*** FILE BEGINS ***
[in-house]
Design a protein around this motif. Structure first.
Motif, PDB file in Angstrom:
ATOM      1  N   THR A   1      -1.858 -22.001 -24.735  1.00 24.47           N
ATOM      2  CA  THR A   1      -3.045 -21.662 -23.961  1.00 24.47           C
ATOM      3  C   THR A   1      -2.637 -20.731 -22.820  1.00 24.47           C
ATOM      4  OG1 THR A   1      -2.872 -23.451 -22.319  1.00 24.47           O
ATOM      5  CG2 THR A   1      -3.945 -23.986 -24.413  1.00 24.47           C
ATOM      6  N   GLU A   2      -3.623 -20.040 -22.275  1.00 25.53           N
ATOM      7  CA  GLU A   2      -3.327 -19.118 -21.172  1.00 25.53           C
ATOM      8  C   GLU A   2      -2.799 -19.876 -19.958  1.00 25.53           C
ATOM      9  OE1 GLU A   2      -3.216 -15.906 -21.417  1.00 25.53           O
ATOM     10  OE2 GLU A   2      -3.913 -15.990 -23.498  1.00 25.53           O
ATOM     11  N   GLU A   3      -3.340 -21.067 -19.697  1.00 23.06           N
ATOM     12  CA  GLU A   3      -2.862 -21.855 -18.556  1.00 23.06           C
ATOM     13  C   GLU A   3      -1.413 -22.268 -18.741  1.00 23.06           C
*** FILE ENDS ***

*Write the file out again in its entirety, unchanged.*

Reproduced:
[in-house]
Design a protein around this motif. Structure first.
Motif, PDB file in Angstrom:
ATOM      1  N   THR A   1      -1.858 -22.001 -24.735  1.00 24.47           N
ATOM      2  CA  THR A   1      -3.045 -21.662 -23.961  1.00 24.47           C
ATOM      3  C   THR A   1      -2.637 -20.731 -22.820  1.00 24.47           C
ATOM      4  OG1 THR A   1      -2.872 -23.451 -22.319  1.00 24.47           O
ATOM      5  CG2 THR A   1      -3.945 -23.986 -24.413  1.00 24.47           C
ATOM      6  N   GLU A   2      -3.623 -20.040 -22.275  1.00 25.53           N
ATOM      7  CA  GLU A   2      -3.327 -19.118 -21.172  1.00 25.53           C
ATOM      8  C   GLU A   2      -2.799 -19.876 -19.958  1.00 25.53           C
ATOM      9  OE1 GLU A   2      -3.216 -15.906 -21.417  1.00 25.53           O
ATOM     10  OE2 GLU A   2      -3.913 -15.990 -23.498  1.00 25.53           O
ATOM     11  N   GLU A   3      -3.340 -21.067 -19.697  1.00 23.06           N
ATOM     12  CA  GLU A   3      -2.862 -21.855 -18.556  1.00 23.06           C
ATOM     13  C   GLU A   3      -1.413 -22.268 -18.741  1.00 23.06           C